Sam Buckhart was an Apache Indian who had saved the life of a U.S. Cavalry officer after an Indian ambush. When the officer died, he left Sam money that was used for an education at private... See full summary »
Marshal Earp keeps the law, first in Kansas and later in Arizona, using his over-sized pistols and a variety of sidekicks. Most of the saga is based loosely on fact, with historical badguys... See full summary »
Sam Buckhart was an Apache Indian who had saved the life of a U.S. Cavalry officer after an Indian ambush. When the officer died, he left Sam money that was used for an education at private schools and Harvard University. After school, he returned to New Mexico where he became a Deputy Marshal working for Marshal Andy Morrison and living in a boarding house run by Martha Commager. The only other continuing cast member was 8-year old Tess Logan, an orphan who had been rescued by Buckhart. Written by
J.E. McKillop <email@example.com>
Michael Ansara first played his character in this series on 17 Feb 1959 in the episode "The Indian" and again on 9 June 1959 in the episode "The Raid," both on the series The Rifleman (1958), but neither actually plays like a pilot for this program. See more »
One great Western series that lasted on season,but with some distinctive features from the people who brought you The Rifleman
The 1959-1960 season may have been the year in television in which more than one-half of the prime time schedule was taken up by Westerns. Most of the Westerns that premiered on the schedule were your average standard fare,which the exception of "Wagon Train",and "Gunsmoke" being in the top ten of the Nielsens. The only exception that in which most of the Westerns were in classic black and white,only one newcomer to the bunch that came out of gate for the 1959-1960 series when "Bonanza" premiered that year as one of the first Westerns to be presented in color.
One of the new shows for the 1959-1960 season was totally different from the rest of the pack. One it have a gimmick that was the sales pitch for the series. "Law Of The Plainsman" was one of the new TV-Westerns that was distinctive from the rest. It was one of the few television programs,and the first to featured a Native American as the lead character who was the Deputy Marshal who maintained law and order in the Old West. The series starred Michael Ansara(who was of Syriana descent playing an Native American character) as Sam Buckhart. Ansara had earlier appeared in the series "Broken Arrow" having portrayed the Apache chief. Ansara before this series was introduced in two episodes that were shown in season one of the ABC-TV series "The Rifleman",which was hugely popular in the Nielsens top ten. Ansara portrayed U.S. Marshal Sam Buckhart in Season 1,Episode 27 of "The Indian"(February 17,1959). Another appearance as a renegade Apache who kidnaps Lucas McCain's son Mark and holds him hostage in hills was in Season 1,episode 37 of "The Raid"(June 9,1959). "Law of the Plainsman" was one of the few spinoffs that came from "The Rifleman" TV-series that was suppose to be a new series for ABC. However,ABC rejected it and from there ended up on NBC's prime-time schedule for the 1959-1960 season.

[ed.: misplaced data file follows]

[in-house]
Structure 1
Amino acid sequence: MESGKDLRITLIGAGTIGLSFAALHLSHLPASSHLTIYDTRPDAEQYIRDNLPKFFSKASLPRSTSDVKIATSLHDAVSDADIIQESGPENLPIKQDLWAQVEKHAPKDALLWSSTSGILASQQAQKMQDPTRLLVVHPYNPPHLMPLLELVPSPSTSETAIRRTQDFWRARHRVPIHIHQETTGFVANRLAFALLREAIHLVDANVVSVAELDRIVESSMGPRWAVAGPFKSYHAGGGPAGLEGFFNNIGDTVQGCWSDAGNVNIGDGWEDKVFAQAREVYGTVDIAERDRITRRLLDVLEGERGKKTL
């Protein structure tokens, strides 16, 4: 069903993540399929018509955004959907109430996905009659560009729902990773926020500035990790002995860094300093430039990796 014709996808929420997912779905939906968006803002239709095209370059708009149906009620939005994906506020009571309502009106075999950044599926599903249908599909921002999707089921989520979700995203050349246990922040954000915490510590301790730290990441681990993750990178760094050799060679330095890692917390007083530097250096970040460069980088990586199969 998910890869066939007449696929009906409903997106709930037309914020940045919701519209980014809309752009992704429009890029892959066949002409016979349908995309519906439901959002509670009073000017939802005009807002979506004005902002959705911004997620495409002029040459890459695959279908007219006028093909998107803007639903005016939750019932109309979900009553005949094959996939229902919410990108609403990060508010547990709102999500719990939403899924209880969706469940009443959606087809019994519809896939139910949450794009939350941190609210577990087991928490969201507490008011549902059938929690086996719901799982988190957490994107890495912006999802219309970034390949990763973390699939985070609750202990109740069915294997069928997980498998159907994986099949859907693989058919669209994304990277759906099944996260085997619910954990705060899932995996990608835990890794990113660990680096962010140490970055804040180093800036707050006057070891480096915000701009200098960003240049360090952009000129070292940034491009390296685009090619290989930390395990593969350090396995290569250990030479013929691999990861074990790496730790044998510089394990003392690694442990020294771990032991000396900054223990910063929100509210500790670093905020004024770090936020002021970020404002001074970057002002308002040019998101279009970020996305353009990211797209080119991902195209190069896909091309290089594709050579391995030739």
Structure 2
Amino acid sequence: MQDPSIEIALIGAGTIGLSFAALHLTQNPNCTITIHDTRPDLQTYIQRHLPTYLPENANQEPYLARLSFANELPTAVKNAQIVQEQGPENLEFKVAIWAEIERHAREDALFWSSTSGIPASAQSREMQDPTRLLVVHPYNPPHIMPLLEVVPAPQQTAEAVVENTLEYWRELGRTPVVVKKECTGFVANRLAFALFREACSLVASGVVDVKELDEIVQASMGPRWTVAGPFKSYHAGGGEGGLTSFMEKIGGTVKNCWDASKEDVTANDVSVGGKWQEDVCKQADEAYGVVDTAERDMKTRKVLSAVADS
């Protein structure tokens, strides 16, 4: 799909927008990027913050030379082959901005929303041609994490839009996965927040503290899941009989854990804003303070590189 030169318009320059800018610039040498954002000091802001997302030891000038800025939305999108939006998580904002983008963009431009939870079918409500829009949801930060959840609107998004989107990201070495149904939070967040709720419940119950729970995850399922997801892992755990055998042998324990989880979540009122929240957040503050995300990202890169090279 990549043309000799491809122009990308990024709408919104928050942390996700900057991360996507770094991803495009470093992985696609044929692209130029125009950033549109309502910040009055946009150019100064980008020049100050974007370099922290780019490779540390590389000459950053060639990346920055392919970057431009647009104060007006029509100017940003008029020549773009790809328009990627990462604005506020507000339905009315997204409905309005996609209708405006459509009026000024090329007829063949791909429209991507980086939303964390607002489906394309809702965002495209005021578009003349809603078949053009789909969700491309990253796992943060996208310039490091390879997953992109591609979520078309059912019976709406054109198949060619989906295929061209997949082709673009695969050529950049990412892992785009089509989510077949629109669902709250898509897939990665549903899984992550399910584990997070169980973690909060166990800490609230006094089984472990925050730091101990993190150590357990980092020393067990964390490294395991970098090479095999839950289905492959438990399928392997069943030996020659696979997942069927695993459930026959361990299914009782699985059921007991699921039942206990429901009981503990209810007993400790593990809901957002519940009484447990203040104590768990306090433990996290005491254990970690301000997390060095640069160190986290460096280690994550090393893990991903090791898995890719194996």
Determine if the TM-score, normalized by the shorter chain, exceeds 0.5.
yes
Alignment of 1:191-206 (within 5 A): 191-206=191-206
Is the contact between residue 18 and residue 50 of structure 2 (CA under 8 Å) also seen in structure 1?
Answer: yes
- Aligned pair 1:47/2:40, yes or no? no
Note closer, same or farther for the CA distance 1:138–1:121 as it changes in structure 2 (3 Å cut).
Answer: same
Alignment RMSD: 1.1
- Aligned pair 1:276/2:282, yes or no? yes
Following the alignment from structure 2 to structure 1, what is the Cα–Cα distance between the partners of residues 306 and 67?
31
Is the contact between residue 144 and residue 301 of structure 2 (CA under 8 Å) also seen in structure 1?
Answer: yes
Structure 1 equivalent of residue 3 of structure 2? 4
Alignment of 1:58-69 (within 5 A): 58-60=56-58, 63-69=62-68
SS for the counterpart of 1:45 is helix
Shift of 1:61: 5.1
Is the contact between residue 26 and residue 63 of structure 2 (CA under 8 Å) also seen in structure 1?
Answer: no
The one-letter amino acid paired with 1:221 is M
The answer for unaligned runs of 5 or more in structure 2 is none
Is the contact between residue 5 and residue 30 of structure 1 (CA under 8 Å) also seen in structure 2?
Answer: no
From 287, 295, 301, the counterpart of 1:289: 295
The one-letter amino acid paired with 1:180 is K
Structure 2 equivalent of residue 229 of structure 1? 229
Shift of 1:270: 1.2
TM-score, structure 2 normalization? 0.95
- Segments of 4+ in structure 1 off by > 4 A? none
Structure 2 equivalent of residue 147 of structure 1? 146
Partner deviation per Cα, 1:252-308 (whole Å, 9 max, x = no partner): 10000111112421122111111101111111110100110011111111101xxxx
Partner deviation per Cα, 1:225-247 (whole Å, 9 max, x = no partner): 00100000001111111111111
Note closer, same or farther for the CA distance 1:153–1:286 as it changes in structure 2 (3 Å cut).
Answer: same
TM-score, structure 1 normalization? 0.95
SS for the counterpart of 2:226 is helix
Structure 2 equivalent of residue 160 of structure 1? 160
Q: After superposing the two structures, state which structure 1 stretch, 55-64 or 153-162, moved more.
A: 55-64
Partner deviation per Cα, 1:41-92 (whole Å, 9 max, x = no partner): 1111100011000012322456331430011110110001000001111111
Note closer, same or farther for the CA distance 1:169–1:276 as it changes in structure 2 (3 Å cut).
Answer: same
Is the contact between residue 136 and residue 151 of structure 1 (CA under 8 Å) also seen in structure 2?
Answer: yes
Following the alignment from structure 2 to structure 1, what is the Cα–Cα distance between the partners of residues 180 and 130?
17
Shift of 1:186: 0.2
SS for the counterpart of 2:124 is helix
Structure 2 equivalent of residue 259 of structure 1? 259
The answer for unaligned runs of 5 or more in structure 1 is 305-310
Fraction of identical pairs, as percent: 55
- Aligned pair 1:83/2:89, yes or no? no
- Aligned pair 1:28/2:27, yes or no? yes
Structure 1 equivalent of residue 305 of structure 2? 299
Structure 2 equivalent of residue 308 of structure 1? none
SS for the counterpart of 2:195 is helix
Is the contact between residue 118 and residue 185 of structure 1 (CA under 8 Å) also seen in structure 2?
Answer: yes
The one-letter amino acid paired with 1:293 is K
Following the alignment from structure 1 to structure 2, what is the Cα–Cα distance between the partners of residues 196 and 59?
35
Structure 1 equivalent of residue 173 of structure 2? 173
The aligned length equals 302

"Law Of The Plainsman" stars Michael Ansara as Sam Buckhart,who was an Apache Indian who saves the life of a U.S. Cavalry officer after an Indian ambush. When the officer died,he left Sam money that was to be used for an education at a private school,so Sam applied took his money and applied himself for a education at Harvard University,from which is graduated with honors. After graduation from Harvard,he returned to the badlands of New Mexico where he became a Deputy working for Marshal Andy Morrison(Dayton Lummis),and later on worked his way up to the title of U.S. Marshal. Living in a boarding house run by Martha Commager(Nora Marlowe),and was under the supervision of an 8-year old orphan girl Tess Logan(Gina Gillespie). Each week Buckhart maintain the law in the Old West taken on the baddies and lowlifes who were the enemies of Buckhart who upheld the badge of justice and maintain the security of the town.
"Law Of The Plainsman" was produced by the same people who were behind the television series "The Rifleman",and was under the executive producers of Arthur Gardner,Arnold Laven and Jules V. Levy along with associate producer Arthur H. Nadel,along with stunning musical composition by Leonard Rosenman. In fact,"Law Of The Plainsman" lasted a full season,producing 30 episodes all in classic black and white that ran on NBC-TV from October 1, 1959 until May 5, 1960. The series was produced by Four Star Television,the same company that produced "The Rifleman",and countless other TV-westerns from "Black Saddle",and "Wanted:Dead or Alive",to "Johnny Ringo",and later on the company's first-ever color western "The Big Valley". The series lasted one season on NBC. Repeated episodes ran on ABC from 1960-1962.
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